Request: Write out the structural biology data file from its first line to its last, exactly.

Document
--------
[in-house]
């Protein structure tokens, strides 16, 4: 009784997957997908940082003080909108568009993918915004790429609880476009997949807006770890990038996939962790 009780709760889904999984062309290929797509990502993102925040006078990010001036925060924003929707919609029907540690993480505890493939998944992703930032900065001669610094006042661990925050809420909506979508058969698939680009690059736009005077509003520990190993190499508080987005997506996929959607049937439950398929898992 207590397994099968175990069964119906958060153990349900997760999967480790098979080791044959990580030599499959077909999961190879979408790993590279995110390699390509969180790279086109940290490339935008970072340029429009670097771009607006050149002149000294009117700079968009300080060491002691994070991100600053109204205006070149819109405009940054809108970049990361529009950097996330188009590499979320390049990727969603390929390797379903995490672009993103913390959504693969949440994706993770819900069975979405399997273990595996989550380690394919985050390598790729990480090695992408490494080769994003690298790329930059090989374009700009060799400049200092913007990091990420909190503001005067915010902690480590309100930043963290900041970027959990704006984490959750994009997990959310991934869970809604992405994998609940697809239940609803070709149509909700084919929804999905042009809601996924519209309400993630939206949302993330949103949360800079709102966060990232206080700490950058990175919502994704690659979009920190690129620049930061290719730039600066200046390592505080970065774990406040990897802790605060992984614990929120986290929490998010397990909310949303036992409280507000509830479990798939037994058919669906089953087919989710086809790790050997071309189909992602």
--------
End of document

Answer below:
[in-house]
């Protein structure tokens, strides 16, 4: 009784997957997908940082003080909108568009993918915004790429609880476009997949807006770890990038996939962790 009780709760889904999984062309290929797509990502993102925040006078990010001036925060924003929707919609029907540690993480505890493939998944992703930032900065001669610094006042661990925050809420909506979508058969698939680009690059736009005077509003520990190993190499508080987005997506996929959607049937439950398929898992 207590397994099968175990069964119906958060153990349900997760999967480790098979080791044959990580030599499959077909999961190879979408790993590279995110390699390509969180790279086109940290490339935008970072340029429009670097771009607006050149002149000294009117700079968009300080060491002691994070991100600053109204205006070149819109405009940054809108970049990361529009950097996330188009590499979320390049990727969603390929390797379903995490672009993103913390959504693969949440994706993770819900069975979405399997273990595996989550380690394919985050390598790729990480090695992408490494080769994003690298790329930059090989374009700009060799400049200092913007990091990420909190503001005067915010902690480590309100930043963290900041970027959990704006984490959750994009997990959310991934869970809604992405994998609940697809239940609803070709149509909700084919929804999905042009809601996924519209309400993630939206949302993330949103949360800079709102966060990232206080700490950058990175919502994704690659979009920190690129620049930061290719730039600066200046390592505080970065774990406040990897802790605060992984614990929120986290929490998010397990909310949303036992409280507000509830479990798939037994058919669906089953087919989710086809790790050997071309189909992602």